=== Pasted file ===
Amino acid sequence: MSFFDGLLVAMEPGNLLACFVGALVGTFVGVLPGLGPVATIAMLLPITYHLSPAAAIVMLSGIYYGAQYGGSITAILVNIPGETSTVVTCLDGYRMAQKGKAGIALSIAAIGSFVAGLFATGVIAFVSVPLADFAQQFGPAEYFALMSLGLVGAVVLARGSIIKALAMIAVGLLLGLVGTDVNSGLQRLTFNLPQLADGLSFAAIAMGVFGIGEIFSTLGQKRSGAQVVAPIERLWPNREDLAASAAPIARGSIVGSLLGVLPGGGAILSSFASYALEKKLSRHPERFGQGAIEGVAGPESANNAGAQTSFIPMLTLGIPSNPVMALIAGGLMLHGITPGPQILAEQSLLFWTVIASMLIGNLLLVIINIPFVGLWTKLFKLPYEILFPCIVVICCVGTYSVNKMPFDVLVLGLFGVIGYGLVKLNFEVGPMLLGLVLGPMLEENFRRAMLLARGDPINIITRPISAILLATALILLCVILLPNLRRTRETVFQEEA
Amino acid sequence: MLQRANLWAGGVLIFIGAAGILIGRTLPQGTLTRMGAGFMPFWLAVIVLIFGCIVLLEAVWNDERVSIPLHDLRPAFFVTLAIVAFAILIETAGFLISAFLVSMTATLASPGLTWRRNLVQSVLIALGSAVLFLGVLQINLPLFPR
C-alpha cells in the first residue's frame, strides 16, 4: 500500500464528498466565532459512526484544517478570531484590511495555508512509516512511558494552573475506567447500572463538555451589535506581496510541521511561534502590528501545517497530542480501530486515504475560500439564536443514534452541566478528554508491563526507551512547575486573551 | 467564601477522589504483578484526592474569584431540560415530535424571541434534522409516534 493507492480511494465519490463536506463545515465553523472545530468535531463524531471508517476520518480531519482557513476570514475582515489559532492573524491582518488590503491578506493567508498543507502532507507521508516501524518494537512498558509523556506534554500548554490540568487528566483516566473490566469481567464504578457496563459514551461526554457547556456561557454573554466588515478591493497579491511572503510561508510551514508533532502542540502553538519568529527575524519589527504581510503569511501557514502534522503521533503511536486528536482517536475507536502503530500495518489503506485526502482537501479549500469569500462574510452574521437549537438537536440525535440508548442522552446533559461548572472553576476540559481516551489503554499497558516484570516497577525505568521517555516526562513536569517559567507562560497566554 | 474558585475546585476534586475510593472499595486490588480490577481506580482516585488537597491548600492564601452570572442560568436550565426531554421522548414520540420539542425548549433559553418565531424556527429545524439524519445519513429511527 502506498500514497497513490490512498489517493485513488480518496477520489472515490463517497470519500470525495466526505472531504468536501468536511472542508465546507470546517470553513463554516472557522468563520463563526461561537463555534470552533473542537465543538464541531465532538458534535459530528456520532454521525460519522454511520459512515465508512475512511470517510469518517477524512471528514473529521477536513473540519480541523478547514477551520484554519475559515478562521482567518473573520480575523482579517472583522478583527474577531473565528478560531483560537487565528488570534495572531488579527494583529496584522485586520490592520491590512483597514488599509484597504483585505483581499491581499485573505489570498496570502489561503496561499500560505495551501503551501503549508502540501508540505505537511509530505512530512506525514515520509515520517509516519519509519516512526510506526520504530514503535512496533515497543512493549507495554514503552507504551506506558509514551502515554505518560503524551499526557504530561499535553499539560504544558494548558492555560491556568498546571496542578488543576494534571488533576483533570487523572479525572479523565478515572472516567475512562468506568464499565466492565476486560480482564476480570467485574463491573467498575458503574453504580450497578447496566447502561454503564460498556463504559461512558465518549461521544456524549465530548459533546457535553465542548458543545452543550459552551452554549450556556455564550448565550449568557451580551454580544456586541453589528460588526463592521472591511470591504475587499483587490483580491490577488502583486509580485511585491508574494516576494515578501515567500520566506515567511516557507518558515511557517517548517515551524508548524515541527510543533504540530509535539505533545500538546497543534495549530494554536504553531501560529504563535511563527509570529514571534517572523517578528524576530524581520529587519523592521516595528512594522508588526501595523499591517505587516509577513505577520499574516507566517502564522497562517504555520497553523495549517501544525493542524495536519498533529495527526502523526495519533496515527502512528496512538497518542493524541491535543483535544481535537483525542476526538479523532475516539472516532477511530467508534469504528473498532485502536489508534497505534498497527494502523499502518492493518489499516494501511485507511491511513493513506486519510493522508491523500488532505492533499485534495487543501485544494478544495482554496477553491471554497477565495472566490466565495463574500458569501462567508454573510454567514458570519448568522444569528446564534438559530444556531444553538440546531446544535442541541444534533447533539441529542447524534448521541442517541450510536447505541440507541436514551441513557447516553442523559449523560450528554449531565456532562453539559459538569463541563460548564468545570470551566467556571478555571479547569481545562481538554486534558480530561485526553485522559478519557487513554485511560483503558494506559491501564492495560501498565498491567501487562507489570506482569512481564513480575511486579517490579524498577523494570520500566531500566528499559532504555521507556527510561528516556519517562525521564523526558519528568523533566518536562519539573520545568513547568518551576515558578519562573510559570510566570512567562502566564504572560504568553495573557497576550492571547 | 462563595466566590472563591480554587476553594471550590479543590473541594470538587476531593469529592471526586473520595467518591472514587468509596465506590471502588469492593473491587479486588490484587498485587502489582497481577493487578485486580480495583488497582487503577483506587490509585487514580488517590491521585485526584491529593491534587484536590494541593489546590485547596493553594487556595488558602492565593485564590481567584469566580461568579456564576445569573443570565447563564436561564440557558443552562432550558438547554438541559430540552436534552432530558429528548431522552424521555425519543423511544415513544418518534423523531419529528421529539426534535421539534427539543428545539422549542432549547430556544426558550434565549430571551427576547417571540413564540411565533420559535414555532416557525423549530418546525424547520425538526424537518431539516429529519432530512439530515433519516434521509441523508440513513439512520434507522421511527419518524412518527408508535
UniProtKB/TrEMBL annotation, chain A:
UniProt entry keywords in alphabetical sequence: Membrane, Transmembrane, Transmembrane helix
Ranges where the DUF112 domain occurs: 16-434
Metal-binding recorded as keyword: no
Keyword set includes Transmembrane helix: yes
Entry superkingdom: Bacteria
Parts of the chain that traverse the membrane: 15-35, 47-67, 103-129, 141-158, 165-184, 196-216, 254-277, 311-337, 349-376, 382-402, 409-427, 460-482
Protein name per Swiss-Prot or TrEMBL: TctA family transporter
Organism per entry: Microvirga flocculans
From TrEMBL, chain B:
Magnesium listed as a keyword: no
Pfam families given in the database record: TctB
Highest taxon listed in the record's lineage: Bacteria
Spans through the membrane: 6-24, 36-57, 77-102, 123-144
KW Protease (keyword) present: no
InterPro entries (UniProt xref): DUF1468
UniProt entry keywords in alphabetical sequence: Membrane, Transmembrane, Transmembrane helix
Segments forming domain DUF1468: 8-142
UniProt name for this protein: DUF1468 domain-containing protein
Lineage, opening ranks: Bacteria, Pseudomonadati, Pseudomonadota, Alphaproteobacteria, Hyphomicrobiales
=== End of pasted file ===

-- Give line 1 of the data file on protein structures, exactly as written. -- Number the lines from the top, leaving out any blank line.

Amino acid sequence: MSFFDGLLVAMEPGNLLACFVGALVGTFVGVLPGLGPVATIAMLLPITYHLSPAAAIVMLSGIYYGAQYGGSITAILVNIPGETSTVVTCLDGYRMAQKGKAGIALSIAAIGSFVAGLFATGVIAFVSVPLADFAQQFGPAEYFALMSLGLVGAVVLARGSIIKALAMIAVGLLLGLVGTDVNSGLQRLTFNLPQLADGLSFAAIAMGVFGIGEIFSTLGQKRSGAQVVAPIERLWPNREDLAASAAPIARGSIVGSLLGVLPGGGAILSSFASYALEKKLSRHPERFGQGAIEGVAGPESANNAGAQTSFIPMLTLGIPSNPVMALIAGGLMLHGITPGPQILAEQSLLFWTVIASMLIGNLLLVIINIPFVGLWTKLFKLPYEILFPCIVVICCVGTYSVNKMPFDVLVLGLFGVIGYGLVKLNFEVGPMLLGLVLGPMLEENFRRAMLLARGDPINIITRPISAILLATALILLCVILLPNLRRTRETVFQEEA